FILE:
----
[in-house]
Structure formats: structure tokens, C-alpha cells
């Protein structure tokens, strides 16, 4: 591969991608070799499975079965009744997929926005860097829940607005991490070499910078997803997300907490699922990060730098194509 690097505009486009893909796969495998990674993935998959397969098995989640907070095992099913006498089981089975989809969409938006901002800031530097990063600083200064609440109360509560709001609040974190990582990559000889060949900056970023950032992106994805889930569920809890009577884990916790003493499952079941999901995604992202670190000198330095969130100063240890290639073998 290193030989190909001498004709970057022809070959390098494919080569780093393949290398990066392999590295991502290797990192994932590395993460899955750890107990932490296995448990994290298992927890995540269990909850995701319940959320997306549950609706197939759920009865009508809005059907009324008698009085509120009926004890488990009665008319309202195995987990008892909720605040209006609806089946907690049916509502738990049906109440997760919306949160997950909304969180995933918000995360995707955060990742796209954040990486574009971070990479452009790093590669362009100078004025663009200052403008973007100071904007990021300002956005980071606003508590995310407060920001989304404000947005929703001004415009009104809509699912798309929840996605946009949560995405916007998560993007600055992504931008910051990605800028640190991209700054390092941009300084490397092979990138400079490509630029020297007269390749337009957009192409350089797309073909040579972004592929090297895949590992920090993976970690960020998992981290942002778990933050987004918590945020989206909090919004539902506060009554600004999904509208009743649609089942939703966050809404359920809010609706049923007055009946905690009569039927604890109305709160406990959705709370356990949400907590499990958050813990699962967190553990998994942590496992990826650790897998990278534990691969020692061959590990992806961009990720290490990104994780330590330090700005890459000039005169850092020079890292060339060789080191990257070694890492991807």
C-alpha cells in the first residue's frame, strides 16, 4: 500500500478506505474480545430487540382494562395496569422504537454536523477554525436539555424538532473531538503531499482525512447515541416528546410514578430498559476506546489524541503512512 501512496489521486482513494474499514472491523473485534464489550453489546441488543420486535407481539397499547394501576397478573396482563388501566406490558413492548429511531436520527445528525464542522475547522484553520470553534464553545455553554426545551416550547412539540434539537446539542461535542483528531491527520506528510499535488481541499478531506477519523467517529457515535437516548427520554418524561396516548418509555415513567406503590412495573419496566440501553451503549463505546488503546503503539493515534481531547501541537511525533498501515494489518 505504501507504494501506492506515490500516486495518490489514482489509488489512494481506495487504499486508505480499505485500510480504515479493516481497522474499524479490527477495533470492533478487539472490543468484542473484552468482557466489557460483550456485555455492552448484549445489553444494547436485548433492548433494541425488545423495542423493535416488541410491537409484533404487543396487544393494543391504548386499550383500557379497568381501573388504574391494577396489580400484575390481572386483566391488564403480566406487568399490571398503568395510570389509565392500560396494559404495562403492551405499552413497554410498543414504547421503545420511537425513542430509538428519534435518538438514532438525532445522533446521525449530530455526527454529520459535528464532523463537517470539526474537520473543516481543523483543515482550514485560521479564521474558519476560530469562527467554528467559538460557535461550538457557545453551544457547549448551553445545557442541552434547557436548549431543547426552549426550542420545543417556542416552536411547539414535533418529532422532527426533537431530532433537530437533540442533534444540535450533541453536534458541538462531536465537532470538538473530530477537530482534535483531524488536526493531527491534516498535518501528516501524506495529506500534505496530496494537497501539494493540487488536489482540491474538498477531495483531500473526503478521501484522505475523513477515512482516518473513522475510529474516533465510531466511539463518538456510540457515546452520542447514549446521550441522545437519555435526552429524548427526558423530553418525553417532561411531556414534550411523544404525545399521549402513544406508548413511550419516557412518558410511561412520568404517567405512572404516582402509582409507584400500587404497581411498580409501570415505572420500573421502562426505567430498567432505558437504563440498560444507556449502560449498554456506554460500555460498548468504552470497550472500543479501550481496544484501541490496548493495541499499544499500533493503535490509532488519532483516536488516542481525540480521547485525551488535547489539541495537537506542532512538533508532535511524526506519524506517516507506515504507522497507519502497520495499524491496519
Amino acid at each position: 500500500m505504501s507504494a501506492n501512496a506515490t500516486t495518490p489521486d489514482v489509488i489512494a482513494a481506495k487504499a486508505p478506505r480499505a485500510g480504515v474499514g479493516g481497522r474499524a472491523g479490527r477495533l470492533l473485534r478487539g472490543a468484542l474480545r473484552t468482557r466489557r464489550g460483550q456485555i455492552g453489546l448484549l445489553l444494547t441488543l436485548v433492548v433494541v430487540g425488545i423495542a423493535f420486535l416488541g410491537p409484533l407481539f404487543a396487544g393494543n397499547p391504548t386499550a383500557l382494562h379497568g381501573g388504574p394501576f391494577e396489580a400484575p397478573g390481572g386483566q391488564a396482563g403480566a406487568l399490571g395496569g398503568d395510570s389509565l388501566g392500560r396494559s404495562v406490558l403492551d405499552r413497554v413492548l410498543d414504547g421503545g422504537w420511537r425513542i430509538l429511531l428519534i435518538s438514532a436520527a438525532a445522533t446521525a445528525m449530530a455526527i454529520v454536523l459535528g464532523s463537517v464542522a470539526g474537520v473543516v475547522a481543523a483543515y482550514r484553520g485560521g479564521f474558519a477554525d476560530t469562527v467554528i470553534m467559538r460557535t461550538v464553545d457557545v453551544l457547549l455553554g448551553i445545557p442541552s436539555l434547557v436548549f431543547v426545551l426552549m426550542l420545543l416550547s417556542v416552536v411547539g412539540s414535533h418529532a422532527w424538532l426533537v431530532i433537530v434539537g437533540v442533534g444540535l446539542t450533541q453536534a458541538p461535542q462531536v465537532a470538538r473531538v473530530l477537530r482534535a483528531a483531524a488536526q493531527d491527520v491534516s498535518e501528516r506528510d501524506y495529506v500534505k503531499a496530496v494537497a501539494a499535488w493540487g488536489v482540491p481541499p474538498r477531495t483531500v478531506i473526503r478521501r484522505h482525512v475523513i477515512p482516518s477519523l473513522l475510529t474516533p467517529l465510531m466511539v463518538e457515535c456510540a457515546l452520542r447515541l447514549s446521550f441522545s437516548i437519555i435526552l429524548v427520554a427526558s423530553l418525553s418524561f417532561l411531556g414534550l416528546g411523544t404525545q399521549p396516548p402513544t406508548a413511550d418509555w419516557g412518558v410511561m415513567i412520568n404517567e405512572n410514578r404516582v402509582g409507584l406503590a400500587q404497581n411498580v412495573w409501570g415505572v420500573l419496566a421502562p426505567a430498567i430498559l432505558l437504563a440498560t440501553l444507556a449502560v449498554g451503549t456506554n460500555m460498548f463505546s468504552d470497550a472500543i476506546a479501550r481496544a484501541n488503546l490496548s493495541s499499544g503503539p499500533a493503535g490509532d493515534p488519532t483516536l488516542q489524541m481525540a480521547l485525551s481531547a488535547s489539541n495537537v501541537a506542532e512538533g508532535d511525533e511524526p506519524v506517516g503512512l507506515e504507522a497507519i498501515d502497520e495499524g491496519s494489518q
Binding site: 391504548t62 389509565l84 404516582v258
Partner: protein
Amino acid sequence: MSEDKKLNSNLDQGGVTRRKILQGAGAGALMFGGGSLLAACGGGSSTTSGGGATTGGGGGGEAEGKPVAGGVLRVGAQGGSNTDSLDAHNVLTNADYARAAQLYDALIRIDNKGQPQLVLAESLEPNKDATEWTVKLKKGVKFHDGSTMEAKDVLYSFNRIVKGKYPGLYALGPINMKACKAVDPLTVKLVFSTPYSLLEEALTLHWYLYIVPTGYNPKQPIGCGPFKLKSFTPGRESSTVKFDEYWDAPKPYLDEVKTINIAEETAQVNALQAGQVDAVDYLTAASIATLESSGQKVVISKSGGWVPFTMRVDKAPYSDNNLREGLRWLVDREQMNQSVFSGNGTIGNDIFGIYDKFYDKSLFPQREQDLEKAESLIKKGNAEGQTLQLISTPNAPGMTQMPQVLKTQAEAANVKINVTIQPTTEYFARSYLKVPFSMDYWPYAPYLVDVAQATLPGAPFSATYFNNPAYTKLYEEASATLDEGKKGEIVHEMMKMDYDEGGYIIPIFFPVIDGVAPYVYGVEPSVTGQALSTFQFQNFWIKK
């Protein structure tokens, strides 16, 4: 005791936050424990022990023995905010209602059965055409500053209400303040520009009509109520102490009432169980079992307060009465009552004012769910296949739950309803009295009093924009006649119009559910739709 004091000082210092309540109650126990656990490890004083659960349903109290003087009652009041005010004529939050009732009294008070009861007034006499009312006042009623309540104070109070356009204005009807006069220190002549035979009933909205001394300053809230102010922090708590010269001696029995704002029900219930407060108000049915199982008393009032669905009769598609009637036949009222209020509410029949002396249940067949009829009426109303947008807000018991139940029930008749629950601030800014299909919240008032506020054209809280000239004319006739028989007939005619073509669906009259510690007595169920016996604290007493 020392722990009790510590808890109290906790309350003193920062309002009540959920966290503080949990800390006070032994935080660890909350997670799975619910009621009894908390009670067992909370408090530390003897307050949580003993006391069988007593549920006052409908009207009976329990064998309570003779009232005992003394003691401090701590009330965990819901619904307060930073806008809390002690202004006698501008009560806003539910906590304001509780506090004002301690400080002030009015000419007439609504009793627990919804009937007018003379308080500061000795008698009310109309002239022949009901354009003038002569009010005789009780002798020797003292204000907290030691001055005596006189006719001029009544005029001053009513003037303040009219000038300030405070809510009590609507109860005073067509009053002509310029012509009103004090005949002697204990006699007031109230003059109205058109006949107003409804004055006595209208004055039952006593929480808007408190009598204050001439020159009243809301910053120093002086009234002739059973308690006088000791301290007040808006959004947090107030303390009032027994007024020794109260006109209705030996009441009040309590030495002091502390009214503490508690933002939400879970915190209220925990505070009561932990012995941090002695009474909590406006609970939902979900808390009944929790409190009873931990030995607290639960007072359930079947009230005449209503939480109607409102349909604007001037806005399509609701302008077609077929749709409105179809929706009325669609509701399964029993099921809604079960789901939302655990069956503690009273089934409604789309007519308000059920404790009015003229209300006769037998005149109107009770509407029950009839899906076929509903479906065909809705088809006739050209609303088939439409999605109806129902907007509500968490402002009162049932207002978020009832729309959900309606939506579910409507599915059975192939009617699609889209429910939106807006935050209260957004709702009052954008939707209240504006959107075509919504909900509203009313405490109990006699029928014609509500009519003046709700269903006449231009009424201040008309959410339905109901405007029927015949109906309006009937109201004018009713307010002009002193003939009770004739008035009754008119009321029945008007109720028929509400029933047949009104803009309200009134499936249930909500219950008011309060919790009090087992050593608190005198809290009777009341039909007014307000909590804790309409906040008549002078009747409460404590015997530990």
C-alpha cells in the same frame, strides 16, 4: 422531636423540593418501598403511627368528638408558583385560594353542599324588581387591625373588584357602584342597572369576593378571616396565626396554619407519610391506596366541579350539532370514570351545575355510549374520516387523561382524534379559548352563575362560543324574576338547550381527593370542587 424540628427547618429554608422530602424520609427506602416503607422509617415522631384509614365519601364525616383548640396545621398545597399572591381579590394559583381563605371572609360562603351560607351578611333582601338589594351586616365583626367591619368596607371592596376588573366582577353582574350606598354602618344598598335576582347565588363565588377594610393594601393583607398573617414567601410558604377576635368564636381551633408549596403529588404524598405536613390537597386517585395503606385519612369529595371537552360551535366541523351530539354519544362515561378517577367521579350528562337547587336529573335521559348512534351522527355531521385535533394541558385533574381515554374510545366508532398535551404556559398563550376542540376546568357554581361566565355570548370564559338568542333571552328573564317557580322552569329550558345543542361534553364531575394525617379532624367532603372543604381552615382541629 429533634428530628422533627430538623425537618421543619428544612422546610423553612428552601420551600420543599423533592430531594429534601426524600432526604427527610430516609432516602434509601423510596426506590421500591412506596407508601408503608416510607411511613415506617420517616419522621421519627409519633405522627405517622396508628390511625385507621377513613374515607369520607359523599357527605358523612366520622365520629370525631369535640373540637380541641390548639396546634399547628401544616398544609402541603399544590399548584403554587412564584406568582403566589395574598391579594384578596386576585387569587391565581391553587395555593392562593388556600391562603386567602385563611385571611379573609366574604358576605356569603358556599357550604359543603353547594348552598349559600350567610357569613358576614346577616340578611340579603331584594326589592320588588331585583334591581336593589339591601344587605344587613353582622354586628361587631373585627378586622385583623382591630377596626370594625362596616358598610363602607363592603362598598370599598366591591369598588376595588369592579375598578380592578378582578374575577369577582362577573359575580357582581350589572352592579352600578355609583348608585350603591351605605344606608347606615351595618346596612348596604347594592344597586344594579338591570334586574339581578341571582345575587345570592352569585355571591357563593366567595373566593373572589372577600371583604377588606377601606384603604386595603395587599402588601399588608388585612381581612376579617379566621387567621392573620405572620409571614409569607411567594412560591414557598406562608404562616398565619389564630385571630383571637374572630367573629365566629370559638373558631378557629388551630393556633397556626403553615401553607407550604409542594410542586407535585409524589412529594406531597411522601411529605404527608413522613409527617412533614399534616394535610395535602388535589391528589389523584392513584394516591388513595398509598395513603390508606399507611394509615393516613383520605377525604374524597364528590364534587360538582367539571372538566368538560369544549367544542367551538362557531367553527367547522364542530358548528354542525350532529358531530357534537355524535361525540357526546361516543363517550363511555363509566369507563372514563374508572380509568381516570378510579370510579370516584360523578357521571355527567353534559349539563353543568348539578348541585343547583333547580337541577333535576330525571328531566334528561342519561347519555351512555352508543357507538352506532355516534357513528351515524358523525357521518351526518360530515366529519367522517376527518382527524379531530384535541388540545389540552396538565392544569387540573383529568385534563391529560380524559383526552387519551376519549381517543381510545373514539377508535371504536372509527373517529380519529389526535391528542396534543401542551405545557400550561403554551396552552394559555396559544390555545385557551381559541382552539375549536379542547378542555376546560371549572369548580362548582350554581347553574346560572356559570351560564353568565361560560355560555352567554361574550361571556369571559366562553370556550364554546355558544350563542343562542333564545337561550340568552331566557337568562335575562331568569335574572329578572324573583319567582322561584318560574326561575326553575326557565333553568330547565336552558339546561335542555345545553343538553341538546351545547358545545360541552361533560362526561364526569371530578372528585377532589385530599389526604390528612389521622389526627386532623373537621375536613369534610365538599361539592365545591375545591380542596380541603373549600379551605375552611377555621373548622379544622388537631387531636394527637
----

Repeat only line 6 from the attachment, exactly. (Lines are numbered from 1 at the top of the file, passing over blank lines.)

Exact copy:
Binding site: 391504548t62 389509565l84 404516582v258